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Having a robust IT infrastructure strategy is critical in helping companies improve efficiency, productivity and maintain competitive advantage and this has only been reinforced by the advent of Covid-19. Research conducted by Telehouse in 2020 - Vision 2030: challenges, opportunities and trends – found 91% were planning to make changes to their IT infrastructure following the pandemic, including increasing bandwidth/connectivity options, shifting more workloads to the cloud, increasing capacity in the data centre and transitioning from on-premise to colocation.
Today, ongoing rapid growth in data volumes is further raising the stakes. More recent research from Telehouse, in the shape of the 2021 study, Race to the Connected Future, revealed that a third of enterprises recognise data growth as a serious problem. As well as grappling with data growth, enterprises are also under pressure to deliver a more mature IT infrastructure. Just 15% say they are ahead of competitors with IT maturity and a third (34%) saying they need to transform their IT infrastructure or risk becoming less competitive.
Many enterprises are turning to edge computing as the answer and are looking to develop high-speed, low-latency interconnections between cloud, colocation and edge computing, all of which are key building blocks of a hybrid IT strategy. The Race to the Connected Future research highlights the fact that many enterprises appear to have adopted such a strategy, with colocation often a key element, offering autonomy, high levels of security and 24x7 support, together with the flexibility to scale capability easily.
At the same time, though, hybrid IT allows organisations to manage some IT resources in-house, enabling them to maintain a centralised approach to governance and keep a tight control on costs - both benefits which might be put at risk by a headlong rush to the cloud.
The data centre often fits in well to this evolving picture of what a hybrid IT infrastructure can provide.
Though many enterprises are often attracted to the functional benefits and physical reach of data centres, their main benefit is the on-demand access to network, cloud/SaaS and edge services ecosystems that they provide. This interconnection between different technologies in the data centre is growing in importance too. Gartner predicts that by 2025, 85% of infrastructure strategies will integrate on-premises, colocation, cloud and edge delivery options, compared with 20% in 2020.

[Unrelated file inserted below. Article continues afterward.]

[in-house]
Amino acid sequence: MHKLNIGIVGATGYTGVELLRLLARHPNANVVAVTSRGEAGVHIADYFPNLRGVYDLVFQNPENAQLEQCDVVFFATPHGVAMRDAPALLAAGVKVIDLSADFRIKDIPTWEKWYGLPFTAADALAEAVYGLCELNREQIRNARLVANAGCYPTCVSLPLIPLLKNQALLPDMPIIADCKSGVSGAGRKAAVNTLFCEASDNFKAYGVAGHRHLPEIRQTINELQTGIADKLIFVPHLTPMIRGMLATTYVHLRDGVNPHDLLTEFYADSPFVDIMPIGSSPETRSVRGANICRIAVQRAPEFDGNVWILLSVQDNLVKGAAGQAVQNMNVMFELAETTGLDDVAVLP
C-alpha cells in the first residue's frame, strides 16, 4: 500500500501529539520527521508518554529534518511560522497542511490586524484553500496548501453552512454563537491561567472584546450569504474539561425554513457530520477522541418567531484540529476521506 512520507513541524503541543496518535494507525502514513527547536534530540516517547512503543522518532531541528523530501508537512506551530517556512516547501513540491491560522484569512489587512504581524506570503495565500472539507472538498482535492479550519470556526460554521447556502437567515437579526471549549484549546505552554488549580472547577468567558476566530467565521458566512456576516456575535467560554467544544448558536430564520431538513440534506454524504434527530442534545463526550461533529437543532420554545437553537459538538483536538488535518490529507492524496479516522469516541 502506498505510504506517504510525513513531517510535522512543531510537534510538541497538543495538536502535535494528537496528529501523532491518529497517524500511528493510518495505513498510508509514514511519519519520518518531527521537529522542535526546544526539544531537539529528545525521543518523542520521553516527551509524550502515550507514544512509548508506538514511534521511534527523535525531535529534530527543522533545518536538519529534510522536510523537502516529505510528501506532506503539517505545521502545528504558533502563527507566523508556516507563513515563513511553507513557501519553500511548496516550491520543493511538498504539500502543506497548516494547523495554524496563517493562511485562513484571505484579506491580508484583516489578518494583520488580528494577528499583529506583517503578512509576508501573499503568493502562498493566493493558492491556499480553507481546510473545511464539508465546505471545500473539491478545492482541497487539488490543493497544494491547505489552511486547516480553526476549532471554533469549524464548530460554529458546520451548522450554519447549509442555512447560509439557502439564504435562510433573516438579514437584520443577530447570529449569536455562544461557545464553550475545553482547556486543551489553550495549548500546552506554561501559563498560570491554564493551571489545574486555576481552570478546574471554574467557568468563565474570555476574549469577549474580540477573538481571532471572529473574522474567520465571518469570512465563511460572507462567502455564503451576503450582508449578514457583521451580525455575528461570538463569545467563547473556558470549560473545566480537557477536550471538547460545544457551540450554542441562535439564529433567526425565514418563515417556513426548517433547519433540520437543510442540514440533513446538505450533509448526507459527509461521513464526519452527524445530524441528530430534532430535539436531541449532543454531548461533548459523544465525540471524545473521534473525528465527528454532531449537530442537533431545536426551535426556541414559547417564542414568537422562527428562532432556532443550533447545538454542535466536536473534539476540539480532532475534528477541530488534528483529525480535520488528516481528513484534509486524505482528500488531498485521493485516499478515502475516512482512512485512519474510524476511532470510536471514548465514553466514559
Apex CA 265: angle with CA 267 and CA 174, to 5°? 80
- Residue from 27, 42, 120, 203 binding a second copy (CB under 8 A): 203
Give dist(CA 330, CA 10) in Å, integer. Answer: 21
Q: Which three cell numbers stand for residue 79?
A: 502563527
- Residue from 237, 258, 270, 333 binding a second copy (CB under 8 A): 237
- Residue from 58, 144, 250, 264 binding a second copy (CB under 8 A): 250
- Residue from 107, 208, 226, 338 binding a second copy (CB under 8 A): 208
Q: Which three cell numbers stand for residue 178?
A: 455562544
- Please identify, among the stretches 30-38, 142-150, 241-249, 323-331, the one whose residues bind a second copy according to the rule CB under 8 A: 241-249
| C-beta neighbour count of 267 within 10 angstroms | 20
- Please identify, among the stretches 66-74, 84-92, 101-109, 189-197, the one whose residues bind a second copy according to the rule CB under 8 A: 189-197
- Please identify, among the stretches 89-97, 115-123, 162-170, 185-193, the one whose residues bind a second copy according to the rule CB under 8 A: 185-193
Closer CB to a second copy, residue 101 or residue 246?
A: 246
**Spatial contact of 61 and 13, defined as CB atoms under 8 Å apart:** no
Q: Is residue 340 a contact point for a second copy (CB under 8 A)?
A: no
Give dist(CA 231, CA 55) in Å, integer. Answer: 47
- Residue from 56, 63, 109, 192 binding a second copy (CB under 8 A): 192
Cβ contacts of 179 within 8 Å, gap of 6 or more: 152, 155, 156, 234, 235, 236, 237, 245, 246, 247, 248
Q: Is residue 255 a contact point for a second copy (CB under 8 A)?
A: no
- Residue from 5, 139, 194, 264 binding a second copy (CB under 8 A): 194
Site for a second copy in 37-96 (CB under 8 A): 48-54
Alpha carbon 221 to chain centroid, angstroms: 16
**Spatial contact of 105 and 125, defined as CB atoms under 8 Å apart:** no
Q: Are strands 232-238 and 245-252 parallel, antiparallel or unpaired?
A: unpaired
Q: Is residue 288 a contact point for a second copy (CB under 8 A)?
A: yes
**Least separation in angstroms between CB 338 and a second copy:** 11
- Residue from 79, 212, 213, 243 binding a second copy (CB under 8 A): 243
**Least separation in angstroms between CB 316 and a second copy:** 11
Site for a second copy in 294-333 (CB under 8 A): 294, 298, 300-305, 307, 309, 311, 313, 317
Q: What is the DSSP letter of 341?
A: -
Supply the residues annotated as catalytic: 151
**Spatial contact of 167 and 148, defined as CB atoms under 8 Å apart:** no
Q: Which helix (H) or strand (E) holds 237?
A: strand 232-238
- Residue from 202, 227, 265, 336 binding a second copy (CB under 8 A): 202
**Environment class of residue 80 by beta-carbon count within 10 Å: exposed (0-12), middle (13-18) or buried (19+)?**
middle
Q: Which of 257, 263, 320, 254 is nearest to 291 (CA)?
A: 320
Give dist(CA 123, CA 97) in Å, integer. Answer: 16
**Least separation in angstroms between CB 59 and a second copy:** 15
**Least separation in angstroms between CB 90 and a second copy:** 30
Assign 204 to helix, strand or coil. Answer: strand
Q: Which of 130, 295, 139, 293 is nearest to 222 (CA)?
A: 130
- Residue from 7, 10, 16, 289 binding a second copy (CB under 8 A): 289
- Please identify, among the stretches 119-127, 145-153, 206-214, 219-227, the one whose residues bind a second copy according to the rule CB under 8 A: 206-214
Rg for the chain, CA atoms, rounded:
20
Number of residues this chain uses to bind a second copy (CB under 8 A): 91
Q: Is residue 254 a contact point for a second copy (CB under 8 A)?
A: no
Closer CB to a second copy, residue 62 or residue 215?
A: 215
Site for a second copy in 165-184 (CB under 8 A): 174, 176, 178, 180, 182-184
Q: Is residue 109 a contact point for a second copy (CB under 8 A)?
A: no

That’s understandable when you consider the many benefits that a hybrid IT approach can deliver.
Reaping the rewards
Organisations increasingly need to gain real time insight from their data either to stay ahead of their rivals or develop new product lines or offerings that deliver competitive advantage. Hybrid IT and high-speed connectivity can help deliver this securely.
At the same time, in this new age of hybrid working, organisations need fast, seamless access to multiple cloud providers regardless of location to deliver the functionality a widely dispersed workforce often needs. And while they are doing all this, they need to keep costs under control. Hybrid IT meets this requirement too by reducing the need, and associated cost of migrating complex legacy applications to the cloud.
Ultimately, it all comes down to balance. By opting for a hybrid IT approach, organisations don’t need to put all of their IT infrastructure in one camp - e.g. public cloud or on-premise. They can balance the agility, flexibility and fast connectivity of the cloud with the cost-control and enhanced governance of keeping some functionality in-house, for example.
Security is often a big draw of hybrid IT, particularly in sectors like financial services. Many organisations want to take advantage of scalability and flexibility benefits of cloud without compromising security or compliance. Many are turning to colocation as the answer; recognising that cloud adoption does not have to be an ‘all or nothing’ approach,
By having at least some of their infrastructure in colocation, these businesses retain autonomy over the server hardware which they use to store data and host apps, while still knowing that the use of data centres gives them 24/7 support and improved bandwidth, higher levels of security and more resilient power and cooling at a fraction of the in-house outlay.
Colocation can also give businesses enhanced control during the migration process. Rather than leaping head-first into public cloud, colocation can provide a hybrid approach, enabling organisations to begin to connect disparate parts of hybrid IT structures to the cloud as and when they’re ready.
Ultimately, the use of hybrid IT enables businesses to use a mix of traditional IT and cloud services to make faster business decisions that deliver enhanced customer engagement. It allows them to capitalise on new market opportunities while remaining compliant, all while keeping a lid on costs and maintaining their competitive edge. In short, rather than being a headache for organisations, hybrid IT can be a real enabler of business advantage both today and long into the future.